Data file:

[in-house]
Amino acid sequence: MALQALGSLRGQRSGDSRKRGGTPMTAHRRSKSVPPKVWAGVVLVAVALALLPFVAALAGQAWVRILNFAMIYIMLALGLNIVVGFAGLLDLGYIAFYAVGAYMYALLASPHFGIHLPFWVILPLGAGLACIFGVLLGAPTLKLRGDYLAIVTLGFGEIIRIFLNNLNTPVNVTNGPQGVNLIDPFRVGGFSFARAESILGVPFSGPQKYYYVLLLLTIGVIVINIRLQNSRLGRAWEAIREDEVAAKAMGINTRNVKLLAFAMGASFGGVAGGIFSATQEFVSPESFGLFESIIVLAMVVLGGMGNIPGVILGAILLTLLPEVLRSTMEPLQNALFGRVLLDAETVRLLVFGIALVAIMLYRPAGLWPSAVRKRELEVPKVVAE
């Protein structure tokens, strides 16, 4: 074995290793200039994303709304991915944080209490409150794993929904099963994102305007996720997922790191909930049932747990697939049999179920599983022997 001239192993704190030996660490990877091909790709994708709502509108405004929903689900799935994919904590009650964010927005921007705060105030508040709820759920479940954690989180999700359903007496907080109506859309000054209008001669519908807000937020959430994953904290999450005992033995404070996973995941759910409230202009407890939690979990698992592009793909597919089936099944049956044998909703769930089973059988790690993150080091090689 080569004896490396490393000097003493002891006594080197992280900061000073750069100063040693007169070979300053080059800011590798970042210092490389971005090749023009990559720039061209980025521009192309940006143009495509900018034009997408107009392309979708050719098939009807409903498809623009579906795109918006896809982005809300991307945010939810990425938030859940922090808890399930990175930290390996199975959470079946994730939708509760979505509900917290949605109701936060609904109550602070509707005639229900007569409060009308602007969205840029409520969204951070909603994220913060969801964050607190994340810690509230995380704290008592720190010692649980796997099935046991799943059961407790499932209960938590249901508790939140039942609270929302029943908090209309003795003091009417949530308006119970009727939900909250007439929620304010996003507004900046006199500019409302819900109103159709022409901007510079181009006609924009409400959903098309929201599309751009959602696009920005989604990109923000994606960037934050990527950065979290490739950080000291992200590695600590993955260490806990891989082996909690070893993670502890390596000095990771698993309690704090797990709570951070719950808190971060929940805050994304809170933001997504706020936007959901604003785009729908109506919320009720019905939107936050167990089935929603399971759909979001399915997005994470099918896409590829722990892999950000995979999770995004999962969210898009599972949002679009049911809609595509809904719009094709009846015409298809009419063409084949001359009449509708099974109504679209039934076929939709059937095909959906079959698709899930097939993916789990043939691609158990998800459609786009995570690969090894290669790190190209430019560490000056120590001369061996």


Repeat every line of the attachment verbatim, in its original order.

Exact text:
[in-house]
Amino acid sequence: MALQALGSLRGQRSGDSRKRGGTPMTAHRRSKSVPPKVWAGVVLVAVALALLPFVAALAGQAWVRILNFAMIYIMLALGLNIVVGFAGLLDLGYIAFYAVGAYMYALLASPHFGIHLPFWVILPLGAGLACIFGVLLGAPTLKLRGDYLAIVTLGFGEIIRIFLNNLNTPVNVTNGPQGVNLIDPFRVGGFSFARAESILGVPFSGPQKYYYVLLLLTIGVIVINIRLQNSRLGRAWEAIREDEVAAKAMGINTRNVKLLAFAMGASFGGVAGGIFSATQEFVSPESFGLFESIIVLAMVVLGGMGNIPGVILGAILLTLLPEVLRSTMEPLQNALFGRVLLDAETVRLLVFGIALVAIMLYRPAGLWPSAVRKRELEVPKVVAE
């Protein structure tokens, strides 16, 4: 074995290793200039994303709304991915944080209490409150794993929904099963994102305007996720997922790191909930049932747990697939049999179920599983022997 001239192993704190030996660490990877091909790709994708709502509108405004929903689900799935994919904590009650964010927005921007705060105030508040709820759920479940954690989180999700359903007496907080109506859309000054209008001669519908807000937020959430994953904290999450005992033995404070996973995941759910409230202009407890939690979990698992592009793909597919089936099944049956044998909703769930089973059988790690993150080091090689 080569004896490396490393000097003493002891006594080197992280900061000073750069100063040693007169070979300053080059800011590798970042210092490389971005090749023009990559720039061209980025521009192309940006143009495509900018034009997408107009392309979708050719098939009807409903498809623009579906795109918006896809982005809300991307945010939810990425938030859940922090808890399930990175930290390996199975959470079946994730939708509760979505509900917290949605109701936060609904109550602070509707005639229900007569409060009308602007969205840029409520969204951070909603994220913060969801964050607190994340810690509230995380704290008592720190010692649980796997099935046991799943059961407790499932209960938590249901508790939140039942609270929302029943908090209309003795003091009417949530308006119970009727939900909250007439929620304010996003507004900046006199500019409302819900109103159709022409901007510079181009006609924009409400959903098309929201599309751009959602696009920005989604990109923000994606960037934050990527950065979290490739950080000291992200590695600590993955260490806990891989082996909690070893993670502890390596000095990771698993309690704090797990709570951070719950808190971060929940805050994304809170933001997504706020936007959901604003785009729908109506919320009720019905939107936050167990089935929603399971759909979001399915997005994470099918896409590829722990892999950000995979999770995004999962969210898009599972949002679009049911809609595509809904719009094709009846015409298809009419063409084949001359009449509708099974109504679209039934076929939709059937095909959906079959698709899930097939993916789990043939691609158990998800459609786009995570690969090894290669790190190209430019560490000056120590001369061996």